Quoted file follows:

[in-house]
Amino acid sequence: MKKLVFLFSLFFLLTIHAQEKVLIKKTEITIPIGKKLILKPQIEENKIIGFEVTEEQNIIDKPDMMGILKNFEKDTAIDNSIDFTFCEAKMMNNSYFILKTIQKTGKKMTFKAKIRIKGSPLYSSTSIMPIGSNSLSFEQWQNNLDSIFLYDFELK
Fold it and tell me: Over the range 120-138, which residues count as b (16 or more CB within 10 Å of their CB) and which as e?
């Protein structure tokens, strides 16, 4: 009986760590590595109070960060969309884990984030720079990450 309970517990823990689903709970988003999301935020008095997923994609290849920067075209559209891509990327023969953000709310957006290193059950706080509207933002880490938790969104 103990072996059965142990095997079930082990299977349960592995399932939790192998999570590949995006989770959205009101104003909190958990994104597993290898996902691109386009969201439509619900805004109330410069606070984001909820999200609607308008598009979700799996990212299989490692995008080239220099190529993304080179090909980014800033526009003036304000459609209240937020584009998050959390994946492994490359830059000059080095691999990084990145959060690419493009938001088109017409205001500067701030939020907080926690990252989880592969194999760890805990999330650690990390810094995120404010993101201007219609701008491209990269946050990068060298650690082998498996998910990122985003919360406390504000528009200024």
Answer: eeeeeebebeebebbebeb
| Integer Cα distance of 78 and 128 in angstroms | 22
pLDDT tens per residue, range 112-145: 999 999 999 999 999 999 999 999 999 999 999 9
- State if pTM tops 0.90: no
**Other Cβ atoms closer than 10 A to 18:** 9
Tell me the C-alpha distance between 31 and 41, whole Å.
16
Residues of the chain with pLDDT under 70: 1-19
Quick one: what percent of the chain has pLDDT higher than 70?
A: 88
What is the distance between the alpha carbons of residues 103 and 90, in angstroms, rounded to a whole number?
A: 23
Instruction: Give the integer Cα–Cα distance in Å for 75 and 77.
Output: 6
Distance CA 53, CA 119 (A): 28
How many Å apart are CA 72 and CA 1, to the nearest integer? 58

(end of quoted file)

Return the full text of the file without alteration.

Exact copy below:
[in-house]
Amino acid sequence: MKKLVFLFSLFFLLTIHAQEKVLIKKTEITIPIGKKLILKPQIEENKIIGFEVTEEQNIIDKPDMMGILKNFEKDTAIDNSIDFTFCEAKMMNNSYFILKTIQKTGKKMTFKAKIRIKGSPLYSSTSIMPIGSNSLSFEQWQNNLDSIFLYDFELK
Fold it and tell me: Over the range 120-138, which residues count as b (16 or more CB within 10 Å of their CB) and which as e?
């Protein structure tokens, strides 16, 4: 009986760590590595109070960060969309884990984030720079990450 309970517990823990689903709970988003999301935020008095997923994609290849920067075209559209891509990327023969953000709310957006290193059950706080509207933002880490938790969104 103990072996059965142990095997079930082990299977349960592995399932939790192998999570590949995006989770959205009101104003909190958990994104597993290898996902691109386009969201439509619900805004109330410069606070984001909820999200609607308008598009979700799996990212299989490692995008080239220099190529993304080179090909980014800033526009003036304000459609209240937020584009998050959390994946492994490359830059000059080095691999990084990145959060690419493009938001088109017409205001500067701030939020907080926690990252989880592969194999760890805990999330650690990390810094995120404010993101201007219609701008491209990269946050990068060298650690082998498996998910990122985003919360406390504000528009200024």
Answer: eeeeeebebeebebbebeb
| Integer Cα distance of 78 and 128 in angstroms | 22
pLDDT tens per residue, range 112-145: 999 999 999 999 999 999 999 999 999 999 999 9
- State if pTM tops 0.90: no
**Other Cβ atoms closer than 10 A to 18:** 9
Tell me the C-alpha distance between 31 and 41, whole Å.
16
Residues of the chain with pLDDT under 70: 1-19
Quick one: what percent of the chain has pLDDT higher than 70?
A: 88
What is the distance between the alpha carbons of residues 103 and 90, in angstroms, rounded to a whole number?
A: 23
Instruction: Give the integer Cα–Cα distance in Å for 75 and 77.
Output: 6
Distance CA 53, CA 119 (A): 28
How many Å apart are CA 72 and CA 1, to the nearest integer? 58